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Fix vboxdrv kernel module is not loaded
Friday, 24 August 2018

On a dedicated server, after installing VirtualBox with the underlying package manager (apt-get, yum, pacman, etc), there is chance that VirtualBox won't start and displays a message saying the vboxdrv kernel module is not loaded. This is because most providers install Linux with a custom kernel tuned for your underlying hardware. At least, this is the case for both Online.net and Kimsufi providers.

In this article, I'll explain how to put back the default Linux kernel on Arch Linux machine, fixing the problem. If you happen to use a different distribution, this article will likely give you some pointers for how to solve the problem.

Identifying the problem

More precisely, most VirtualBox command-lines will abruptly stop and display the following error message. For instance typing vboxmanage --version, will print the version after the message is displayed.

WARNING: The vboxdrv kernel module is not loaded. Either there is no module
         available for the current kernel (4.14.14-xxxx-std-ipv6-64) or it failed to
         load. Please recompile the kernel module and install it by

           sudo /sbin/vboxconfig

If this message is displayed, VirtualBox just can't run; vboxdrv is a mandatory kernel. One way to fix that is to use the default Linux kernel and reinstall VirtualBox. Type uname -r to verify which kernel your OS is currently using. Our objective will be to display a message that ressemble to 4.14.32-1-lts. Notice the -lts suffix.

In fact, installing the default Linux LTS kernel isn't even the complicated thing. It's rather configuring the boot options to pick it at boot time. So let's install the new kernel straight away.

sudo pacman -s linux-lts linux-lts-headers

To reconfigure the boot loader, we need to understand which boot loader is in used... and that will be different across machines. I found out that Online.net servers use Syslinux and Kimsufi uses GRUB boot loader. Skip the section that isn't your boot loader.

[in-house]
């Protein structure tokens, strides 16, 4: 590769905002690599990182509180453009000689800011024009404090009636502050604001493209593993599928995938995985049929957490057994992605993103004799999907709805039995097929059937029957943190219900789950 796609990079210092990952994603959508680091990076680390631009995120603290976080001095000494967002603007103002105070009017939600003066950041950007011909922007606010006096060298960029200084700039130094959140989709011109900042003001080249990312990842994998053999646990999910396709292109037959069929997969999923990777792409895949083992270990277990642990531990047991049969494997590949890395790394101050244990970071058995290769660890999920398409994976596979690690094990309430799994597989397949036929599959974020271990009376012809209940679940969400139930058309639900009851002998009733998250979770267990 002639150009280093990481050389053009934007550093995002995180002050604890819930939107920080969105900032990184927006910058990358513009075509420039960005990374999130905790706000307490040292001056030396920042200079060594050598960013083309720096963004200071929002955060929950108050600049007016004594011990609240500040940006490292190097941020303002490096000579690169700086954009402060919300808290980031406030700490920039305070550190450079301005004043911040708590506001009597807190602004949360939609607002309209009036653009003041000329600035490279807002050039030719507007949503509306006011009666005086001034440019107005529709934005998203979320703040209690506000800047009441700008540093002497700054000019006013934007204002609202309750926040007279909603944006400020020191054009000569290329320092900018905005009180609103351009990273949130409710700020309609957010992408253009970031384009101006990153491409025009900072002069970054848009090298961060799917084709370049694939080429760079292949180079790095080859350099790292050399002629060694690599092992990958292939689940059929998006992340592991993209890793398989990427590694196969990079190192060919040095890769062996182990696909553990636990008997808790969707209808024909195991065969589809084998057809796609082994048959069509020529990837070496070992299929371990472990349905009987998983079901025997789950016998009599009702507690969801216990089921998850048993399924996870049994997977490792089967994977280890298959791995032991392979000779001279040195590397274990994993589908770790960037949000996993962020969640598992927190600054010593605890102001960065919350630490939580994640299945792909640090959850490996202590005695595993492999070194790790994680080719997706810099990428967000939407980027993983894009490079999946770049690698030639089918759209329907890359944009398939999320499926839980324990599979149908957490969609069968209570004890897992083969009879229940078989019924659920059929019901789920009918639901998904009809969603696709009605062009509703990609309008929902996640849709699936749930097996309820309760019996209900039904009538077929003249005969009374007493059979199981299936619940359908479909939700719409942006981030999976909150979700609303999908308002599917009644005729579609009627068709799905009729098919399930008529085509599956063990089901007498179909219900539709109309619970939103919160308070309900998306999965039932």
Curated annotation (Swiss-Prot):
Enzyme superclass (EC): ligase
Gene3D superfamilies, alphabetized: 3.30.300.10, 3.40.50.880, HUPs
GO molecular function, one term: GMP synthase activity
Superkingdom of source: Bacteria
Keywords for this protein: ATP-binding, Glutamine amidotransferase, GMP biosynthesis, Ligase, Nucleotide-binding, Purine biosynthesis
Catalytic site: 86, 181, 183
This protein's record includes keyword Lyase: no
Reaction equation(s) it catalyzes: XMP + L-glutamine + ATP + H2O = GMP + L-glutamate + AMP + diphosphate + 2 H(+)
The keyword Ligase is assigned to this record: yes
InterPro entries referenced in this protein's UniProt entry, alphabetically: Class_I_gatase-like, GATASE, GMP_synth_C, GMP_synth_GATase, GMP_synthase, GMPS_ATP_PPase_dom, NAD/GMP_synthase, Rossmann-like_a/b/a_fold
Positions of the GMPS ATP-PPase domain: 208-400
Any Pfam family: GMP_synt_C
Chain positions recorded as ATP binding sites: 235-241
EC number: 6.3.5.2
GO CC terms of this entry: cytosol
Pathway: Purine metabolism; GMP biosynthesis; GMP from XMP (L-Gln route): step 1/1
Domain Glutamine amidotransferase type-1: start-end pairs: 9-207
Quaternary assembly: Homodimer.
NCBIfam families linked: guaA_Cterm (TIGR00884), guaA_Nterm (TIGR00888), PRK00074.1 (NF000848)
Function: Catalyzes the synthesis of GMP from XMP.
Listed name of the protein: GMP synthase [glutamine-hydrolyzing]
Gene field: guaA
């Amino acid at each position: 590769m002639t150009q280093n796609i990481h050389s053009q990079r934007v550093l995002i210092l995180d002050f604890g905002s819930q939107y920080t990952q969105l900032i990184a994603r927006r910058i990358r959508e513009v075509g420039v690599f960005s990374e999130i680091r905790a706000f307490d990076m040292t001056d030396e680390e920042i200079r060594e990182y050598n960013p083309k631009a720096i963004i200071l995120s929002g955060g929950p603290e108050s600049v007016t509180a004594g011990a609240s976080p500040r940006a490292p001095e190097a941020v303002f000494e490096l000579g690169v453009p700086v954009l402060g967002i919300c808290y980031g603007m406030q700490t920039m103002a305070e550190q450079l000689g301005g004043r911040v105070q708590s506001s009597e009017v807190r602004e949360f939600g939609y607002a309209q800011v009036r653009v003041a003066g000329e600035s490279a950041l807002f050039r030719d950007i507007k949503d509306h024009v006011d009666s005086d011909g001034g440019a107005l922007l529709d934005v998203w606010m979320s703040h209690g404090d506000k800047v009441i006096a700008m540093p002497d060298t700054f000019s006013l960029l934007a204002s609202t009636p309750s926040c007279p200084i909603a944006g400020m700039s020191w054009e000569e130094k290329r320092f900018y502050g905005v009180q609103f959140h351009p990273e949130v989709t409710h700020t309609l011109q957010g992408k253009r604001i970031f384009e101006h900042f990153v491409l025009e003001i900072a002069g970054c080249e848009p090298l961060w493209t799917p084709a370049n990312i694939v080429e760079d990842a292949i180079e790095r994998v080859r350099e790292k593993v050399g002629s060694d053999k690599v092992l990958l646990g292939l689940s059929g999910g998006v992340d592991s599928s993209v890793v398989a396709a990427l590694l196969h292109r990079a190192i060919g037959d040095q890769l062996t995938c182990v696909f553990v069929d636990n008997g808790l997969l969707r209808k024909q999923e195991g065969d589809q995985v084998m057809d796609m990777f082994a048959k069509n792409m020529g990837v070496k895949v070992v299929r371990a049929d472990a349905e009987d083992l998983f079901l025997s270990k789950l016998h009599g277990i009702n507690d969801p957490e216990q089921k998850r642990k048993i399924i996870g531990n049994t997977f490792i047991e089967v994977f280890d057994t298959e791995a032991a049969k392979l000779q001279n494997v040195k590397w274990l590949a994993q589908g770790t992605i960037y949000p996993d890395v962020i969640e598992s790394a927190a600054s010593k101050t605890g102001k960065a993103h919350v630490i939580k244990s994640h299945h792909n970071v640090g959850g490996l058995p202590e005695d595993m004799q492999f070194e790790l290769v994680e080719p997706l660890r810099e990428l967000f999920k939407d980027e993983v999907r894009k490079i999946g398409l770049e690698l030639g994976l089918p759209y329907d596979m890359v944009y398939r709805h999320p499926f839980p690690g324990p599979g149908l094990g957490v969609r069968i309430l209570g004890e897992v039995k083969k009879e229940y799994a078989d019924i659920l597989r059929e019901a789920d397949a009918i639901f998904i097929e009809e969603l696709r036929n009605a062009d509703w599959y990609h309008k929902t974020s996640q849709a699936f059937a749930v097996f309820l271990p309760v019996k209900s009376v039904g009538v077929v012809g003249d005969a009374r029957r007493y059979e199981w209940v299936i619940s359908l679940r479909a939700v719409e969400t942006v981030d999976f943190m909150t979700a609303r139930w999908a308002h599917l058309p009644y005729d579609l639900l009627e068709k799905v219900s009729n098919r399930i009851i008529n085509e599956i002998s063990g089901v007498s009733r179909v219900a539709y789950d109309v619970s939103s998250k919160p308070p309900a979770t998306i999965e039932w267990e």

GRUB boot loader (Kimsufi)

I assume all Kimsufi dedicated servers use GRUB as the system boot loader but that might not be true. If this doesn't happen to be true on your machine, the explanation will obviously not make sense. For instance, if you can't find the /etc/grub.d/ directory, you have the answer.

To reconfigure GRUB to use the default kernel at boot time, we have to remove OVH configuration files from GRUB then regenerate the main GRUB configuration file grub.cfg. But before we proceed, let's make a backup.

mkdir ovh.d
sudo mv /etc/grub.d/06_OVH* ovh.d/

With the OVH configuration files removed, the last step is emptying the main GRUB configuration file and refilling it with the grub-mkconfig command.

cat /dev/null > /boot/grub/grub.cfg
grub-mkconfig > /boot/grub/grub.cfg

This regenerates the grub.cfg file without the OVH kernel stuff. You can now reboot your machine.

Syslinux boot loader (Online.net)

I assume all Online.net dedicated servers use Syslinux but that might be true. If this doesn't happen to be true on your machine, the explanation will obviously not make sense. For instance, if you can't find the /boot/syslinux/ directory, you have the answer.

To reconfigure Syslinux to use the default kernel at boot time, edit the relevant parts of file /boot/syslinux/syslinux.cfg to make it look like the following.

LABEL arch
    MENU LABEL Arch Linux
    LINUX ../vmlinuz-linux-lts
    APPEND root=/dev/sda3 rw
    INITRD ../initramfs-linux-lts.img

LABEL archfallback
    MENU LABEL Arch Linux Fallback
    LINUX ../vmlinuz-linux
    APPEND root=/dev/sda3 rw
    INITRD ../initramfs-linux-lts-fallback.img

Be very cautious when making the changes. It's not that difficult, it's basically just changing 3 occurrences by adding a -lts suffix. All occurences refers to an existing file in the /boot directory. Thefore you type ls /boot to verify if all occurences are typo-free. You can now reboot your machine.

Finishing up the installation of VirtualBox

After rebooting the system, typing uname -r should display the generic kernel (you should see a -lts suffix somewhere).

Install VirtualBox software was previously done with the pacman -S virtualbox command-line. I suggest a reinstallation of the package followed with rebooting the machine again. During the installation, choose virtualbox-host-dkms provider.

:: There are 3 providers available for libgl:
:: Repository extra
   1) libglvnd  2) nvidia-304xx-utils  3) nvidia-340xx-utils

Enter a number (default=1): 1
:: There are 2 providers available for VIRTUALBOX-HOST-MODULES:
:: Repository community
   1) virtualbox-host-dkms  2) virtualbox-host-modules-arch

Enter a number (default=1): 1

Displaying the version of VirtualBox with the vboxmanage --version will now print without the error message.

Conclusion

To fix the vboxdrv kernel module is not loaded, you install the default Linux kernel and reconfigure the boot loader. It's a fairly easy task but feel free to ask your questions. Please share your solution for other distributions as I would be happy to update the article to include them.

Next week in another article, I'll explain how to run a password-protected VirtualBox instance in headless mode, which will then be graphically accessible with the the RDP protocol using a client such as Remmina. All of this on a remote server using only command-lines.